Activity Type Video
TED-Ed

Overview

This is the story of three plastic bottles, starting from when they were manufactured using oil and gas and ending with one bottle in a landfill, one in the ocean, and one recycled into a brand new product.

Students watch the video and take notes on the different life cycles of each plastic bottle.

After working in groups to summarize one bottle’s journey, the activity ends with students thinking about the video’s message and sharing their ideas as a class. 

Materials

  • Chart paper
  • Pens
  • "What really happens to the plastic you throw away" worksheet

Instructions

Start with what you know

  1. Select a few items from the recycling bin to show students. Ask why they are in the recycling bin and not the garbage.
  2. Have students turn to a partner and discuss how they think plastic bottles affect the environment.
  3. Invite pairs to share their thoughts and jot down ideas on the board.

Watch the video

  1. Hand out copies of "What really happens to the plastic you throw away?" worksheet.
  2. Show students the video and ask them to make notes. You can stop the video after each bottle’s story so students have time to write.
  3. Briefly recap the three scenarios:
    • Bottle #1 is thrown into the trash
    • Bottle #2 ends up in the ocean
    • Bottle #3 is placed in a recycling bin

 Choose a scenario

  1. In small groups, have students choose one of the scenarios to retell.
    • Show the video again so students can add even more to their notes.
    • Have the groups visually summarize their chosen scenario in their own style for example:
      • storyboard
      • flow chart
      • comic strip
    • Everybody take a gallery walk to view each group’s summary.

Discussion

  1. Facilitate a whole class discussion about the video and its message about recycling plastic bottles.
    • What is the key message?
    • How do plastic bottles affect the environment?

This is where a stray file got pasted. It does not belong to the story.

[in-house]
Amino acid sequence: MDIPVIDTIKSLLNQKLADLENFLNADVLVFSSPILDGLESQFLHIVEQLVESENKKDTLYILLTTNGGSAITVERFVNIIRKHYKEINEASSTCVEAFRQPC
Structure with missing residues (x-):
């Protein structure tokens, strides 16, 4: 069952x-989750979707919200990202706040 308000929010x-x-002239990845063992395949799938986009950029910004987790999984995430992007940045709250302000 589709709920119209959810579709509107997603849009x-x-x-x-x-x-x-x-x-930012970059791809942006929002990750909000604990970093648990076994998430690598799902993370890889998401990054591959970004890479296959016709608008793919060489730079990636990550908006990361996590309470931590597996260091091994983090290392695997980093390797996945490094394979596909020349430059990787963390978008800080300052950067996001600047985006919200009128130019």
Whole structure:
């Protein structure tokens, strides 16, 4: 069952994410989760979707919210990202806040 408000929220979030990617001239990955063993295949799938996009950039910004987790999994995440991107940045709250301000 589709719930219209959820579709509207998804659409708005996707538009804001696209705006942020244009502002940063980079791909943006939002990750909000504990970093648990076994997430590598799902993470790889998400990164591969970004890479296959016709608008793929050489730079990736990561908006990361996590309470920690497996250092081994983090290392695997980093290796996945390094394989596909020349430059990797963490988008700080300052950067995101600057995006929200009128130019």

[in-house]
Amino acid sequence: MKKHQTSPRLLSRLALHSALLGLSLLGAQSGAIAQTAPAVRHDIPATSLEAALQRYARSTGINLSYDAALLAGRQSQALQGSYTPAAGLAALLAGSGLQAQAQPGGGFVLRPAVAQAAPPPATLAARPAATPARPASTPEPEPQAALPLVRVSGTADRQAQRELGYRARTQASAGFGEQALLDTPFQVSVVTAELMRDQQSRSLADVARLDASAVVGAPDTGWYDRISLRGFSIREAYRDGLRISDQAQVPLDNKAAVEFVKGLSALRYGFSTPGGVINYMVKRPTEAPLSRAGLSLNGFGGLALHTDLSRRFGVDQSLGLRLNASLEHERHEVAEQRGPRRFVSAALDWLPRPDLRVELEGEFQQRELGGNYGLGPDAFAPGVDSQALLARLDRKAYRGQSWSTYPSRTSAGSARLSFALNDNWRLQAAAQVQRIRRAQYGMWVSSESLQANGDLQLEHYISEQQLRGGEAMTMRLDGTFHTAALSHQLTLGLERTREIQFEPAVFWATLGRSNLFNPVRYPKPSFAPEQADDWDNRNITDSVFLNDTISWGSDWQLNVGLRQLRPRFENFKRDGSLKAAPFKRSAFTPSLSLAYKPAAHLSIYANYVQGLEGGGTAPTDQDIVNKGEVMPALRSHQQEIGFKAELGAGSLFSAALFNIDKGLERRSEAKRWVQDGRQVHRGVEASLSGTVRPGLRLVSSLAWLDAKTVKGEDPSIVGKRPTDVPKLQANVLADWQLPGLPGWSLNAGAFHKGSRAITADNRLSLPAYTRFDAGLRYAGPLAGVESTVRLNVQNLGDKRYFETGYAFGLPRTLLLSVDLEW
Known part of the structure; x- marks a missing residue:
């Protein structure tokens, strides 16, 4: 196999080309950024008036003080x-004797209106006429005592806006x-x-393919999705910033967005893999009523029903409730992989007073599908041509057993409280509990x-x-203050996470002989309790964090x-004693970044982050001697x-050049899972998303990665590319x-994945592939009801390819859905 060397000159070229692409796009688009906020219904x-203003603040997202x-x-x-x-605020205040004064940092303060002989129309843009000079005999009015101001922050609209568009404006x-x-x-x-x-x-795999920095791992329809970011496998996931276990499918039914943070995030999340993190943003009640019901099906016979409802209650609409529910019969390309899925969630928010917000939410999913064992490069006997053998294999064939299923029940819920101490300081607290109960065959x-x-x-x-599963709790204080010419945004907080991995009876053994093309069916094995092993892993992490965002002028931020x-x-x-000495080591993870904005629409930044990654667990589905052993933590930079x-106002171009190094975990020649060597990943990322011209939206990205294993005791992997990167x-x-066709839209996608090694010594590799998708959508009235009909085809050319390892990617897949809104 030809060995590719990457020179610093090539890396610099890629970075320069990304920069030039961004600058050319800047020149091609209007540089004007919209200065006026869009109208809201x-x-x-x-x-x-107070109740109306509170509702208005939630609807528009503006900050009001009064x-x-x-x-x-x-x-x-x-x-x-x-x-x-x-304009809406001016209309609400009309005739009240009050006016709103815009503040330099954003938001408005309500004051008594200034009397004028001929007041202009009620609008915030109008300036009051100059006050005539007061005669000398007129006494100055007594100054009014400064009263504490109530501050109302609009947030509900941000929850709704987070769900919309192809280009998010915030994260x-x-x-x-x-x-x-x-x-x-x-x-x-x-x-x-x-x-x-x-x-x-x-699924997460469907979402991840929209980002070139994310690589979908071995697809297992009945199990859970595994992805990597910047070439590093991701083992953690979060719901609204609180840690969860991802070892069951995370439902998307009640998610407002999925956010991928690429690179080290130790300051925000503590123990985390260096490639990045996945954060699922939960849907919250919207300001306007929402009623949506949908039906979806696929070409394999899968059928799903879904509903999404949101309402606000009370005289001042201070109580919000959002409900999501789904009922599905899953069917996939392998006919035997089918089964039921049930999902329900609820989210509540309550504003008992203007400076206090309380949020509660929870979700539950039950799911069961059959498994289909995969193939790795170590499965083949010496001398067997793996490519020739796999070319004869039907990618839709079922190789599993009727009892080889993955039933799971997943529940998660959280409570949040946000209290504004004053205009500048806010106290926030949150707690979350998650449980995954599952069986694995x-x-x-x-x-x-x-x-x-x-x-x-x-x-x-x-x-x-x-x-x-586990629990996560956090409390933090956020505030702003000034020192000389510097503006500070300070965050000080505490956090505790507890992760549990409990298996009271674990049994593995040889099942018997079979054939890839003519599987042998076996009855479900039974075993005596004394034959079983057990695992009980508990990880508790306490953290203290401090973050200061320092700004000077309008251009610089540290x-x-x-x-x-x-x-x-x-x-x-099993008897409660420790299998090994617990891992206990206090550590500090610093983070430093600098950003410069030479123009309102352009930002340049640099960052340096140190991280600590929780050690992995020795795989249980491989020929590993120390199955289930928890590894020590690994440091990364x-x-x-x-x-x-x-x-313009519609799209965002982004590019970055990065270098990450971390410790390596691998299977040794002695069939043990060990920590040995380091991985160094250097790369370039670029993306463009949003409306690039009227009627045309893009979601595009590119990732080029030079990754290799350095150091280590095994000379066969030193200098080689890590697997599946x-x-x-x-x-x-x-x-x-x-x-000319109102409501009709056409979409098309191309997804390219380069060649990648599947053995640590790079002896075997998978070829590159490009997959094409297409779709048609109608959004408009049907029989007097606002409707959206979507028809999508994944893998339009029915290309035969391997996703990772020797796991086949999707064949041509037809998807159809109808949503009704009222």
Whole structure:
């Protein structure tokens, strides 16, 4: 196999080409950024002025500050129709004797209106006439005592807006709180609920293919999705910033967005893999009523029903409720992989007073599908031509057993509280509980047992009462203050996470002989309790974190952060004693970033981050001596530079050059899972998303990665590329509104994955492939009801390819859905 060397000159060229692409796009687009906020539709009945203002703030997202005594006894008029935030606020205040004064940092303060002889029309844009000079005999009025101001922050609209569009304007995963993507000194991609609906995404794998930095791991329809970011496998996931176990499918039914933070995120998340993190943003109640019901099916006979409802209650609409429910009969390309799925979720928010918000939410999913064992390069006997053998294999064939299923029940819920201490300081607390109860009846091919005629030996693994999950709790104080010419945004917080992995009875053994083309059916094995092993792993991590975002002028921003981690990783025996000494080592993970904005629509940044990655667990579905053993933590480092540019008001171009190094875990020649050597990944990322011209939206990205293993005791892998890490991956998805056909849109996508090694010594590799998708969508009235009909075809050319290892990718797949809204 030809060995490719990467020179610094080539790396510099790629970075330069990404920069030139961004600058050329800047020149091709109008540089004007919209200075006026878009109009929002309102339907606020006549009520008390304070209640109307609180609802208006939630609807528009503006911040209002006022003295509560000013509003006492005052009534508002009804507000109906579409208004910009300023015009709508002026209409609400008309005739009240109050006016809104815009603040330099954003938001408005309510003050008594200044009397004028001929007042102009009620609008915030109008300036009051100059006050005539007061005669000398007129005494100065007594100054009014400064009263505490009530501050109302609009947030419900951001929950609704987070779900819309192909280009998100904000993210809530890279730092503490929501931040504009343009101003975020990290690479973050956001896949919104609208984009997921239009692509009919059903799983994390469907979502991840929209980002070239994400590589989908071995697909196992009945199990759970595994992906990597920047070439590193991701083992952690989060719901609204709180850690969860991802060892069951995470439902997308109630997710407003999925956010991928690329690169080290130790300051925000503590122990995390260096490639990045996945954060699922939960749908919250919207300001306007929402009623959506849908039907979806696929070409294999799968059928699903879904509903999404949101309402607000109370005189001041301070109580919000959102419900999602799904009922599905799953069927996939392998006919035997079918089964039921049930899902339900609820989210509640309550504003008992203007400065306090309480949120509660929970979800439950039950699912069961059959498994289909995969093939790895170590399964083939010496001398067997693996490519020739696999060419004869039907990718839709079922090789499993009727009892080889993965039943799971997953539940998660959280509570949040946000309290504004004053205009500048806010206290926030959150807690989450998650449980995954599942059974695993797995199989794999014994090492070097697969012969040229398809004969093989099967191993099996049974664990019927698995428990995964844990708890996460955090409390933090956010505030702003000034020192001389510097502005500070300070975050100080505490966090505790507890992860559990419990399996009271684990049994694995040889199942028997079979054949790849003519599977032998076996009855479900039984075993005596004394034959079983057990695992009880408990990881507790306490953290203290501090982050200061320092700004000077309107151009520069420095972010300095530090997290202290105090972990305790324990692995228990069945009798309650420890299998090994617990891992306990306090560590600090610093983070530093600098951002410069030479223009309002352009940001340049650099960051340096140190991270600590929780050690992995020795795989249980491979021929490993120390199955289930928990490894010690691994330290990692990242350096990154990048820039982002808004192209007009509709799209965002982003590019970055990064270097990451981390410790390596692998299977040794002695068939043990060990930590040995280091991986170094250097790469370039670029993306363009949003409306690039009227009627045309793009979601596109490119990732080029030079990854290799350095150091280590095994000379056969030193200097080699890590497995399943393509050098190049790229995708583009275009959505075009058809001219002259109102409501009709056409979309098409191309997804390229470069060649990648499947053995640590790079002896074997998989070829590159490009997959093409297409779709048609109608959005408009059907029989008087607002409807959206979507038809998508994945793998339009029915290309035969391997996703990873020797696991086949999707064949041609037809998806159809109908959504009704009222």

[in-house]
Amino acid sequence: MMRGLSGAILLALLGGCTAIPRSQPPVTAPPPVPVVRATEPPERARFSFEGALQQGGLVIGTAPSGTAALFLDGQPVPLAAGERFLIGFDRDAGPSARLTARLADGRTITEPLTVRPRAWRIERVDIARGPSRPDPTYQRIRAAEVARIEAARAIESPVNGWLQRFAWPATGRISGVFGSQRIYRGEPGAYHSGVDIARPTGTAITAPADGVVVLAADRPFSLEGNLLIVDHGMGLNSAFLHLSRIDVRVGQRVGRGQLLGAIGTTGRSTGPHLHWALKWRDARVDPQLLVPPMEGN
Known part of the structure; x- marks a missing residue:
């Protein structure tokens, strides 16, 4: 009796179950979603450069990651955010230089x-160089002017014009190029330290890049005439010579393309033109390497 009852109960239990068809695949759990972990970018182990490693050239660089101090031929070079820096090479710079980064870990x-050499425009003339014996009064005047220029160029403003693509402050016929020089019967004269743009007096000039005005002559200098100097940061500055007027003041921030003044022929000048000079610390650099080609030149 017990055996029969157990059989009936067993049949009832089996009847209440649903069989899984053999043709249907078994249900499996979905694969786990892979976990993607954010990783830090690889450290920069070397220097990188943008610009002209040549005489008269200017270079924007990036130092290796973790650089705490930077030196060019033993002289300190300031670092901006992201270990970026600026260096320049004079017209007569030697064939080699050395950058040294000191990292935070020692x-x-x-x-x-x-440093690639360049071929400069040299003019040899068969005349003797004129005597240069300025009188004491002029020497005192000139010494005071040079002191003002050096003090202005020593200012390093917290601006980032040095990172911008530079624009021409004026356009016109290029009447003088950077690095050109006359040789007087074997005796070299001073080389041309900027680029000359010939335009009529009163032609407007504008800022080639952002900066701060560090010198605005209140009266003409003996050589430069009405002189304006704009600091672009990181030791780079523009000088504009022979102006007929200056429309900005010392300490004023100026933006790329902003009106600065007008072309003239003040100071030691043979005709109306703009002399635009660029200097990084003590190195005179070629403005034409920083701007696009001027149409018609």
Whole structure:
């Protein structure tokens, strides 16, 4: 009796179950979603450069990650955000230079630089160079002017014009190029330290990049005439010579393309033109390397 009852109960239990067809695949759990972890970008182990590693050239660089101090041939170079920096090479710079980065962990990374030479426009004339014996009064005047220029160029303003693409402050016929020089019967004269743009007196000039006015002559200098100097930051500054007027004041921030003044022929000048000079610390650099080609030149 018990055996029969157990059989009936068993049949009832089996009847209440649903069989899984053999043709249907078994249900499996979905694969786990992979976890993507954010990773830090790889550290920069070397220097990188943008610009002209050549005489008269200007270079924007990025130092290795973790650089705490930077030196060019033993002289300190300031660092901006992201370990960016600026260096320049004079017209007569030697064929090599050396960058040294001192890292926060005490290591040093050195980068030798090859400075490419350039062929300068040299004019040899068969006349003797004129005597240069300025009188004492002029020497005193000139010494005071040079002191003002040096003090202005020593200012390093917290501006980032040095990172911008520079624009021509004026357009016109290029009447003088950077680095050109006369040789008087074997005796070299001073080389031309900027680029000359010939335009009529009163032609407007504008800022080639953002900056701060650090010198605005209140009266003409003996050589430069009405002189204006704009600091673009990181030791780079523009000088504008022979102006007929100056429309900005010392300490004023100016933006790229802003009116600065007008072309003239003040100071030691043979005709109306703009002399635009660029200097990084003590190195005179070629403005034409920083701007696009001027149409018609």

• What can we do to help the environment?


Additional Information

  • Assess student participation in the class discussion, their willingness to contribute ideas and opinions.
  • Collect the group visual summaries to assess student understanding of the video.

Plastic is made from oil and gas (natural resources that are extracted from the ground). Many plastics that are used to make every day products can be recycled, such as Polyethylene Terephthalate (PET) which is used to create water, juice and pop bottles. This type of plastic can be recycled and used to make new products.

The use of plastic products can harm wildlife and enter the food chain. The Great Pacific Garbage Patch and others contain large amounts of garbage and plastic that aren’t biodegradable. Smaller marine animals contain pieces of plastic that have broken down into tiny pieces because they mistake it for food.

When fish eat plastic, it enters the food chain because larger fish eat the smaller fish (containing plastic) and we humans eat the larger fish, like tuna.

Recycling is an important way to reduce the amount of plastic that ends up in landfill sites and the ocean. Reducing our use of plastic and switching to reusable products such as refillable water bottles also reduces the amount of plastic in the environment.

Grade 5 Science - Content

  • Local types of earth materials
  • The nature of sustainable practices around B.C.’s resources

Grade 5 Science - Curricular Competencies

Questioning and predicting
  • Demonstrate a sustained curiosity about a scientific topic or problem of personal interest.
Evaluating
  • Identify some of the assumptions in secondary sources
  • Demonstrate an understanding and appreciation of evidence
  • Identify some of the social, ethical, and environmental implications of the findings from their own and others’ investigations
Communicating
  • Communicate ideas, explanations, and processes in a variety of ways


Grade 7 Science - Content

  • Evidence of climate change over geological time and the recent impacts of humans

Grade 7 Science - Curricular Competencies

Questioning and predicting
  • Demonstrate a sustained curiosity about a scientific topic or problem of personal interest.
Evaluating
  • Demonstrate and awareness of assumptions and bias in their own work and secondary sources
  • Consider some of the social, ethical, and environmental implications of the findings from their own and others’ investigations

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